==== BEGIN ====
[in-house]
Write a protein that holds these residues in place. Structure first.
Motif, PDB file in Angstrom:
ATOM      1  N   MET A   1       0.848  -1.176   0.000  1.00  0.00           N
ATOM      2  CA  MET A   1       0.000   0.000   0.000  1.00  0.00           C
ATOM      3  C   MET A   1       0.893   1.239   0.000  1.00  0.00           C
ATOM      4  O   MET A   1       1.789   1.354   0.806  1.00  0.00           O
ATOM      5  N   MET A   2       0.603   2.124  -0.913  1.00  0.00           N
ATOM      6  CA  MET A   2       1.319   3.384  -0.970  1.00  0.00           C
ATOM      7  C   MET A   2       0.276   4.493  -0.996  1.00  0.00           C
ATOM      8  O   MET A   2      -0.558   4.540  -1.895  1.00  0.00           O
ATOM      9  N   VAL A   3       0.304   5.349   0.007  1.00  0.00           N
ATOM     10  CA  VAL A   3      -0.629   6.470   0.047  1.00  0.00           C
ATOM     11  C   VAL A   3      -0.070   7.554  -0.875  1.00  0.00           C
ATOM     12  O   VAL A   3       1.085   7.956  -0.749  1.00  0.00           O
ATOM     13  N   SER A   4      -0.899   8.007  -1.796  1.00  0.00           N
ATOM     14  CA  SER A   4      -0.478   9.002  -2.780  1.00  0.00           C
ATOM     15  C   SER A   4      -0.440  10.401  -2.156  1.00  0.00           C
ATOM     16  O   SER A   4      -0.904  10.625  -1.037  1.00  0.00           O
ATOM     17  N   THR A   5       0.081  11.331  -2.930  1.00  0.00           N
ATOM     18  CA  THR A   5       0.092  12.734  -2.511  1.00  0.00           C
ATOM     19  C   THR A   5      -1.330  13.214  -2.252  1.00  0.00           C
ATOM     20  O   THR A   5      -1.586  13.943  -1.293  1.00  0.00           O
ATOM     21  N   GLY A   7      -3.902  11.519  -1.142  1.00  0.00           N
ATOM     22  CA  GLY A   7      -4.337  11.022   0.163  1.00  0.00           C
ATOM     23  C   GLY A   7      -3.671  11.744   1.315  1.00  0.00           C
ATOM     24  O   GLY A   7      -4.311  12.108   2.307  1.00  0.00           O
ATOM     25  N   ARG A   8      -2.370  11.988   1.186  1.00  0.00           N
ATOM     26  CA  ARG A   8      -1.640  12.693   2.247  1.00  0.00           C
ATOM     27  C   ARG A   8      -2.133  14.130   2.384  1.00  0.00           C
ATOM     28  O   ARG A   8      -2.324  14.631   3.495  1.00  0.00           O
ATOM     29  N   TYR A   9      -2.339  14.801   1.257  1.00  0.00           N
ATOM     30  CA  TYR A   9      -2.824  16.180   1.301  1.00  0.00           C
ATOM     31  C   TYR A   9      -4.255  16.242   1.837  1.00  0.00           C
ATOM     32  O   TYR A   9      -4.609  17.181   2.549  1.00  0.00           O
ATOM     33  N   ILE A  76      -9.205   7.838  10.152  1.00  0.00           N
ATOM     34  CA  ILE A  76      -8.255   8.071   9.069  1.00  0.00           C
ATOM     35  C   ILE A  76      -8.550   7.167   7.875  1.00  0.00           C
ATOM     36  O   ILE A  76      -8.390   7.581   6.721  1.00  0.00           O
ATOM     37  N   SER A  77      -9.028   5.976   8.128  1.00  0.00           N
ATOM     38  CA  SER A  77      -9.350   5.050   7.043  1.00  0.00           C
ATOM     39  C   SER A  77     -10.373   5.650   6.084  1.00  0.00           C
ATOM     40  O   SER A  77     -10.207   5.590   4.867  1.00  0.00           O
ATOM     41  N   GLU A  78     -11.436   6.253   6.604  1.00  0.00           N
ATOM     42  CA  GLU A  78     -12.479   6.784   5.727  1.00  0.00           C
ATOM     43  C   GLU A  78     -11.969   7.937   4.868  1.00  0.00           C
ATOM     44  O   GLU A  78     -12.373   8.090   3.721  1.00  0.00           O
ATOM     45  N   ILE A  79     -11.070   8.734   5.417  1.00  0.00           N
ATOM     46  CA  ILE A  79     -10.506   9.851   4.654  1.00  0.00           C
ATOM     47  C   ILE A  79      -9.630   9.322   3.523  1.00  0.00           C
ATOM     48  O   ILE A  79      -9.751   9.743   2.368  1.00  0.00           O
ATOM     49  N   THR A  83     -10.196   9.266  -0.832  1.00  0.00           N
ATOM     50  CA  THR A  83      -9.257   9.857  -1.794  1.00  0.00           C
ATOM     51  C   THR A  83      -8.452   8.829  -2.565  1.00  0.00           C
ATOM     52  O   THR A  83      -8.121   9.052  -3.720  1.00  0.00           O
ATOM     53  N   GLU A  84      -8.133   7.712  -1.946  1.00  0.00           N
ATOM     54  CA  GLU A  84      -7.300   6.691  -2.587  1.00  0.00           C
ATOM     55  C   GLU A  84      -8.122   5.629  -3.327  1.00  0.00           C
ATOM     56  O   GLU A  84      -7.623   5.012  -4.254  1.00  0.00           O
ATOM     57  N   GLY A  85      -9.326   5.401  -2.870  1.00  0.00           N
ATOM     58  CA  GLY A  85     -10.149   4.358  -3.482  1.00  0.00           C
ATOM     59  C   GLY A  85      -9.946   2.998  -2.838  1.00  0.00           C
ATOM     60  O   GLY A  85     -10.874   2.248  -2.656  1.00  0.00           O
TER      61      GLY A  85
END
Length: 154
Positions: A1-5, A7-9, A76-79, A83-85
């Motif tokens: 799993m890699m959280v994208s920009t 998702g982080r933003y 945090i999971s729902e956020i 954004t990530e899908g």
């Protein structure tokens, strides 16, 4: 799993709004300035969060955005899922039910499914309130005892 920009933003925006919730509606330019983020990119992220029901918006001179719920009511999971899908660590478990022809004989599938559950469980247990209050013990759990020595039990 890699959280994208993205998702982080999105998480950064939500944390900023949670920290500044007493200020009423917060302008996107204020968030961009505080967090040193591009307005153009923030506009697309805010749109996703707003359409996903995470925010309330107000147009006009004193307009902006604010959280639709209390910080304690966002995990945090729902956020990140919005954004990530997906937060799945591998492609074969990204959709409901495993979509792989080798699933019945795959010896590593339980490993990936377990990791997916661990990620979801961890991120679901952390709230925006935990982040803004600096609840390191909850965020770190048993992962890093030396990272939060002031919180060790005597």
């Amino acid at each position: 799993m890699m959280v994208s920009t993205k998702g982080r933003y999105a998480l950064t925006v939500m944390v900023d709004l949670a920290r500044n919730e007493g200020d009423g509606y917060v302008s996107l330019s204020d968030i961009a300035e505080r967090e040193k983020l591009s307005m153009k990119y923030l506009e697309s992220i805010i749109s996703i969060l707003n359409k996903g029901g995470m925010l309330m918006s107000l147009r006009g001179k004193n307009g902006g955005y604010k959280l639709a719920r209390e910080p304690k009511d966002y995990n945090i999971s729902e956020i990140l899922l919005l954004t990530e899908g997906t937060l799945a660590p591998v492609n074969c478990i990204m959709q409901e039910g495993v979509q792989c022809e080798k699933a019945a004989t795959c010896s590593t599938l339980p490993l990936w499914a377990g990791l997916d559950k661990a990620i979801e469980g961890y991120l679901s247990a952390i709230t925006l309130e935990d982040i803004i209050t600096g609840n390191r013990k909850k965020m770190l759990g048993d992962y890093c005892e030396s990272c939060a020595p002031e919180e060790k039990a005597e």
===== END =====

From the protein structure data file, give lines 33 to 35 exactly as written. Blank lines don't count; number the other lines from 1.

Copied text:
ATOM     30  CA  TYR A   9      -2.824  16.180   1.301  1.00  0.00           C
ATOM     31  C   TYR A   9      -4.255  16.242   1.837  1.00  0.00           C
ATOM     32  O   TYR A   9      -4.609  17.181   2.549  1.00  0.00           O